You all must know about Andy B And The World by now, right? The project started by former Fandangle and New Riot bass player Andy Baker, where he travelled the world meeting up with musicians to put together a huge album featuring over 170 different people? If you don’t know it yet then I highly suggest checking out Andy’s YouTube page and learning all about the project and then reading our review of their 2021 debut album The First One here.
For obvious reasons that I’m bored of explaining, the launch party for the album was delayed until November the 6th, put on by our friends Be Sharp Promotions at the New Cross Inn. The day soon came around and I was excited. Not just to hear some amazing songs but to see how Andy B And The World would work in a live setting. But before that we had four awesome support acts to watch.
First up was Filthy Militia. Before the gig I was trying to remember the last time I saw Filthy Militia live and I worked out it was actually Halloween 2019, so this was well overdue. The five piece took to the stage and started with Little Sister, the final song from their debut EP Innocent Until Proven Filthy. The rest of the set was then comprised of songs from their upcoming new EP, Coping Mechanism, which is due to be released in the early part of 2022 on Pookout Records. I was seriously impressed with these songs and felt that they really showed a great amount of progress from the band. Mixing ska, punk, reggae and even a bit of dub together so seamlessly, it was really great to see. There was a moment in the set where the band’s frontman, guitarist and all around friendly giant announced that this was the cheesy part of the opening band’s set where they encourage the crowd to participate in a sing along. We expected some easy “whoa-ohs” or some “la-las” but no, Frosty taught us an entire chorus to sing along to. Filthy Militia were the perfect start for the night and I’m looking forward to seeing them again at the end of the month, back at NXI for Frosty’s birthday gig.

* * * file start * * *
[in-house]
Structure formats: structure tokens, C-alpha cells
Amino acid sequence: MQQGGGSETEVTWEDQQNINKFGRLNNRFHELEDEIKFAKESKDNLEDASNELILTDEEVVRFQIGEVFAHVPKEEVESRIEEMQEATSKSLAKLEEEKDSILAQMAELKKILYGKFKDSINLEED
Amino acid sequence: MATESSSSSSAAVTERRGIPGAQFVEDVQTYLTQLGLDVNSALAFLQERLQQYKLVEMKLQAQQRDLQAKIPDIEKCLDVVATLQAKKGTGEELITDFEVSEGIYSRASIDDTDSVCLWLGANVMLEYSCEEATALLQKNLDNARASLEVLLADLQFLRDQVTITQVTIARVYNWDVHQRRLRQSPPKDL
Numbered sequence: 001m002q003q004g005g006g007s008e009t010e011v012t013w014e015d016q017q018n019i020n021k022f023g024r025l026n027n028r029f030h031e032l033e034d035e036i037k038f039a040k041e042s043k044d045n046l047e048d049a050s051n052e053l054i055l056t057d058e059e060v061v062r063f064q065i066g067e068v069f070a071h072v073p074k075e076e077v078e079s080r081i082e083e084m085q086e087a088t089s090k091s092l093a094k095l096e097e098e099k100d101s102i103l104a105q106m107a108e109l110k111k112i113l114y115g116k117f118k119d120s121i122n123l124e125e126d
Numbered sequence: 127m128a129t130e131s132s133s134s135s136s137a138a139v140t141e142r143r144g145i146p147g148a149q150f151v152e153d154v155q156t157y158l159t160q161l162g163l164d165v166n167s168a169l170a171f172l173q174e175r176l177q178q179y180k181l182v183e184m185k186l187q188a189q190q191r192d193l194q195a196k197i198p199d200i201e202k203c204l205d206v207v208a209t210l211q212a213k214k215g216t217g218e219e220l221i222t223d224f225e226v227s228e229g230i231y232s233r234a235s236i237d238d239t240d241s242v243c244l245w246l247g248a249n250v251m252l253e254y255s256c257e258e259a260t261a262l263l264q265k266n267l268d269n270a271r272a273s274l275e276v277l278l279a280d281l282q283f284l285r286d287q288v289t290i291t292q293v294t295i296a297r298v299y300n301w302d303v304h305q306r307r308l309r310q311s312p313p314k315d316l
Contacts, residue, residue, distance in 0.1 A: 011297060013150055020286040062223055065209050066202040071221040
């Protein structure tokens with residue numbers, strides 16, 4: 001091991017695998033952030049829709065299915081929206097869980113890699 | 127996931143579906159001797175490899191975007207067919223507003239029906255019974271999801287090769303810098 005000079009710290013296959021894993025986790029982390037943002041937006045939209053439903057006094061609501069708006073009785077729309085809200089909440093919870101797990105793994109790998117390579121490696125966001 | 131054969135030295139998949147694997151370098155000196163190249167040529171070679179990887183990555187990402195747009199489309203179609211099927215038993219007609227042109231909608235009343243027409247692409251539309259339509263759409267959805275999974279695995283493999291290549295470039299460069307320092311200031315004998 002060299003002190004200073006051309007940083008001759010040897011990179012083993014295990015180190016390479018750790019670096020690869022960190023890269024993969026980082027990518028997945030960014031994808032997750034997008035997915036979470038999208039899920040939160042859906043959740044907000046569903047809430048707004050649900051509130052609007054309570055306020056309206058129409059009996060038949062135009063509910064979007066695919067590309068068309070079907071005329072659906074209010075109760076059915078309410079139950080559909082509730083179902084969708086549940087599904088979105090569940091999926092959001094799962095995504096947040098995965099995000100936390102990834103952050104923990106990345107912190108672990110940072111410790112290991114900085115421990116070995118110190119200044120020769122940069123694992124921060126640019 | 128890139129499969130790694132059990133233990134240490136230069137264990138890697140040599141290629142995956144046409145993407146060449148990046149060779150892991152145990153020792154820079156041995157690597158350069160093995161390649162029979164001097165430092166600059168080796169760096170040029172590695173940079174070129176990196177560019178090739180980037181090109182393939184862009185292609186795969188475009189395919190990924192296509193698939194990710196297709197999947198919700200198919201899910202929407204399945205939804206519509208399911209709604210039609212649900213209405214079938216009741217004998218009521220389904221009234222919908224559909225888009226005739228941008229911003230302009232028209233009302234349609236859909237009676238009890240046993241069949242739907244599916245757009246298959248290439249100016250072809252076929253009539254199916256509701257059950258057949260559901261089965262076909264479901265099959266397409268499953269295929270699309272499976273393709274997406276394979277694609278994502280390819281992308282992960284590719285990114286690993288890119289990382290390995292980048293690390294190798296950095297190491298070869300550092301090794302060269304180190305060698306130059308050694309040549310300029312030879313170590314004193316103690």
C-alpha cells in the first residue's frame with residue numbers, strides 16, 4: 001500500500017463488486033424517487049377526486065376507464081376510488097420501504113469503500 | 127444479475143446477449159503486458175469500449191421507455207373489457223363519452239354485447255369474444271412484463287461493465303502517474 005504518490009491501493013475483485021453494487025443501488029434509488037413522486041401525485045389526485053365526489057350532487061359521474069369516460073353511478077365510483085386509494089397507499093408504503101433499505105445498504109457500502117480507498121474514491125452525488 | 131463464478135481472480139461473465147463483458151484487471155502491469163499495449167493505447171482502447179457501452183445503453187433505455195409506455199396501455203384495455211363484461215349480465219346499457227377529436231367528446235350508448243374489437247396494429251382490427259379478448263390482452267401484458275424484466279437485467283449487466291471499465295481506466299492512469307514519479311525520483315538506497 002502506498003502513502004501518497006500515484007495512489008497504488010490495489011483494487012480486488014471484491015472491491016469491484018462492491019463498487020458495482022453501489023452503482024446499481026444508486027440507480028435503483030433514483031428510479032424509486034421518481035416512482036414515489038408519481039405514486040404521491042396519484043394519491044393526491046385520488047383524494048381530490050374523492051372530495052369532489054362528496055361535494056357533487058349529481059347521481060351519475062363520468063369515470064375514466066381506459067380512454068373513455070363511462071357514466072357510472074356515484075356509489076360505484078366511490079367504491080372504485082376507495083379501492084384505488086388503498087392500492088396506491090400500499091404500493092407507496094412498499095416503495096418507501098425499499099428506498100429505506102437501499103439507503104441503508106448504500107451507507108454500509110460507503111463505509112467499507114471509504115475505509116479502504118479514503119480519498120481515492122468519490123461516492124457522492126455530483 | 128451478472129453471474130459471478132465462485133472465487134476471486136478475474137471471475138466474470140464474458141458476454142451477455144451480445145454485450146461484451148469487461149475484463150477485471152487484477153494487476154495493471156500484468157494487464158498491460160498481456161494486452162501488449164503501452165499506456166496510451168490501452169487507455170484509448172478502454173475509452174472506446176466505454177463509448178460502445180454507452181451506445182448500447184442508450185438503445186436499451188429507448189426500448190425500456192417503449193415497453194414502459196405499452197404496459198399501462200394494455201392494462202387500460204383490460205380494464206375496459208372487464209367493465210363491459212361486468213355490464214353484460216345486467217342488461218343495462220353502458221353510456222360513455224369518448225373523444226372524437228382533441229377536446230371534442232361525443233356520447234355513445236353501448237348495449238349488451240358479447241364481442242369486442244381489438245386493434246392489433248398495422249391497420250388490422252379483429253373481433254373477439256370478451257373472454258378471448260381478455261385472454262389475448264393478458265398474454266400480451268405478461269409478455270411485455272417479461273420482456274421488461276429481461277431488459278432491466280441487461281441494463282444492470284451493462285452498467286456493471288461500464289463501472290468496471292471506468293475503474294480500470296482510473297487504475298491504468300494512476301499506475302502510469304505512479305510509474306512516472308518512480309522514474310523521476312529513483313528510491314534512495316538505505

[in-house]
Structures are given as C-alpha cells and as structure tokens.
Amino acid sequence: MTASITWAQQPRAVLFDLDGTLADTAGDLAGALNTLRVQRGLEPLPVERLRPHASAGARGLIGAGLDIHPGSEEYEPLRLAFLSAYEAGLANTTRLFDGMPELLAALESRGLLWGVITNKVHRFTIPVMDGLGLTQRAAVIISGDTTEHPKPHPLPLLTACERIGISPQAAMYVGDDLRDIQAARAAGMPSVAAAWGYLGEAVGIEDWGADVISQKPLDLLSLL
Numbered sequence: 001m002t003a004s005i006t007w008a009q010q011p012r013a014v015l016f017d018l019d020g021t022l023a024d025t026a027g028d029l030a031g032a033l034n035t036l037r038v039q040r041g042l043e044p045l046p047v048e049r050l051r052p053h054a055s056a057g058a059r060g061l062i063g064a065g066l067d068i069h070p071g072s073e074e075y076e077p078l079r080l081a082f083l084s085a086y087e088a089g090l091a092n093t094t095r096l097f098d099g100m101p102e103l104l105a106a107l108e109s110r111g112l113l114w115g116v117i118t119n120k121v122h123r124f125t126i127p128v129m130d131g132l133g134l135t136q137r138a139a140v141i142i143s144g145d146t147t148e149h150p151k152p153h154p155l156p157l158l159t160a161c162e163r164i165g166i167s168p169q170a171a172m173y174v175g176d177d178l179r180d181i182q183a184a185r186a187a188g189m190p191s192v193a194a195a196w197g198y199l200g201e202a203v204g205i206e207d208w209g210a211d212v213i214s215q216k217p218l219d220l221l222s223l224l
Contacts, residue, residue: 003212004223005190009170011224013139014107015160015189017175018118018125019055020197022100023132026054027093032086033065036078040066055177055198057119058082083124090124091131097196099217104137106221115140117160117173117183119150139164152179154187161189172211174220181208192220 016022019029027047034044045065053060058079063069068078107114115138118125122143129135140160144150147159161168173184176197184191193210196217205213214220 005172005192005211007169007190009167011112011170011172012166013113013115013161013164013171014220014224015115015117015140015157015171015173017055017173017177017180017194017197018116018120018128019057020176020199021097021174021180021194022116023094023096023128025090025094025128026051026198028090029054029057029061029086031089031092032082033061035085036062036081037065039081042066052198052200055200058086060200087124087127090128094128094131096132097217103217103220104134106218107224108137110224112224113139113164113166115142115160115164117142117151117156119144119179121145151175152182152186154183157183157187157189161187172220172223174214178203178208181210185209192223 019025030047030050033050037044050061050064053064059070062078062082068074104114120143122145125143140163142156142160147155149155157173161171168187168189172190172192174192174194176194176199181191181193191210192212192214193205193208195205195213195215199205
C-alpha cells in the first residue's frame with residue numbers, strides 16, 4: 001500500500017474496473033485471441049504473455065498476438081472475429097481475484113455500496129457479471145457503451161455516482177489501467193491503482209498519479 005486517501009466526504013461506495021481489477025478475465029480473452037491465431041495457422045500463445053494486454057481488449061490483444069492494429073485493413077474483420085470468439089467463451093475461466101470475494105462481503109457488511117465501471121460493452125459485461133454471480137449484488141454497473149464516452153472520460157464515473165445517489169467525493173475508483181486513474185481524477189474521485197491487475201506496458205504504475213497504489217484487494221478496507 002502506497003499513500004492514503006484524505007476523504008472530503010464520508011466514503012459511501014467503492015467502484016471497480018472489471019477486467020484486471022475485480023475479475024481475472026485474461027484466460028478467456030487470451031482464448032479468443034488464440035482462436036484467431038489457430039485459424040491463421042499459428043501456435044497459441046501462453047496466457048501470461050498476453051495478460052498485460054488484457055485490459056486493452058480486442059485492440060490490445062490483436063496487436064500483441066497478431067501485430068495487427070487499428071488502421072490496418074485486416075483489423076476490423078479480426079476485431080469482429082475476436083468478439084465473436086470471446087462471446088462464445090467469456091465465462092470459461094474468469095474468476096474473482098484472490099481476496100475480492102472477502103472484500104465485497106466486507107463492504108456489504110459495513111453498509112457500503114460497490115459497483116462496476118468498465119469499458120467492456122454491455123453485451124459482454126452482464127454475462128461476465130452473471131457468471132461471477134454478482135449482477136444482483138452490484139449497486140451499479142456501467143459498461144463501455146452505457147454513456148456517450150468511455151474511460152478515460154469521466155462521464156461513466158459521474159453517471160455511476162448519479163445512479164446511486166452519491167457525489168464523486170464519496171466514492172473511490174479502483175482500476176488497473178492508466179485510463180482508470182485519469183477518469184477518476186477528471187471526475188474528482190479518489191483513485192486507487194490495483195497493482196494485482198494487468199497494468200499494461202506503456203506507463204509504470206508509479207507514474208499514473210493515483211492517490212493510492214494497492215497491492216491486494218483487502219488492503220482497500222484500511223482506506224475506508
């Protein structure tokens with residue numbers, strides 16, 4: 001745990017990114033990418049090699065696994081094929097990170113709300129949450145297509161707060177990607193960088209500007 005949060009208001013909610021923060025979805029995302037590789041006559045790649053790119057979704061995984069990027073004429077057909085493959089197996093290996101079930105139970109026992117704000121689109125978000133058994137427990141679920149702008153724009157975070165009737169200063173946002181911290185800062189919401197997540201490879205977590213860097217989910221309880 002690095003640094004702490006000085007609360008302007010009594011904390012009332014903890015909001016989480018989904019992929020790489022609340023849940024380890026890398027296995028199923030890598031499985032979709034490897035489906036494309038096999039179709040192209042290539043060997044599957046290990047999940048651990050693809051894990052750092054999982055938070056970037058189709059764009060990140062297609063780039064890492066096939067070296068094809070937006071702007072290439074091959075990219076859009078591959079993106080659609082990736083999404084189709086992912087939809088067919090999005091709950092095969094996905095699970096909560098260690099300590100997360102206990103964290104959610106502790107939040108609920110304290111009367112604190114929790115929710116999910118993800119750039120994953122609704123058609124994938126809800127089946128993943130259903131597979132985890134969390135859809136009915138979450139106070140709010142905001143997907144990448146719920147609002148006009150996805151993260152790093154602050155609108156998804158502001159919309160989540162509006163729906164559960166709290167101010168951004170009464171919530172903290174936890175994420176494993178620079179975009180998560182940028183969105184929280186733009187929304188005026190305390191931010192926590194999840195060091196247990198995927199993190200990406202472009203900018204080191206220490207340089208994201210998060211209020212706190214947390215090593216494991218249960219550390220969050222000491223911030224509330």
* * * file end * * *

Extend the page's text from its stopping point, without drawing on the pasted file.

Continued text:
Next up were NXI favourites Lead Shot Hazard, who were back at the Inn for the first time since September 2019. I would guess that this is the longest they’ve not played the venue since they formed. That was also the last time I saw the band which, again, is too long. Something I’ve noticed a lot with all the bands I’ve seen since gigs have come back is just how happy every band looks to have had the opportunity to play live again. The joy on the bands’ faces is such a lovely thing to see. The six piece had been down in Hastings the evening before supporting Call Me Malcolm and 3dBs Down at The Pig so it was no surprise by how tight they were. I’m always super impressed with how good Lead Shot Hazard’s horn section is whenever I see them. They add so much to the band’s live show whether they are blasting out some killer horn riffs or dancing on the stage or – at times – in the crowd. The band know how to have a lot of fun, this is showcased no more than when they play a cover of New Found Glory’s My Friends Over You. During the song it had me thinking, gosh I’m getting old. The ska bands I grew up with covered 80s songs. These days the current crop of ska bands are covering songs that I loved when they were first released 15–20 years ago. The band finished with my favourite song off of their latest album Fires To Find Our Friends, Between Hell And High Water. The chorus of “we light fires to find our friends” felt even more apt after not being able to see so many of my favourite people for so long.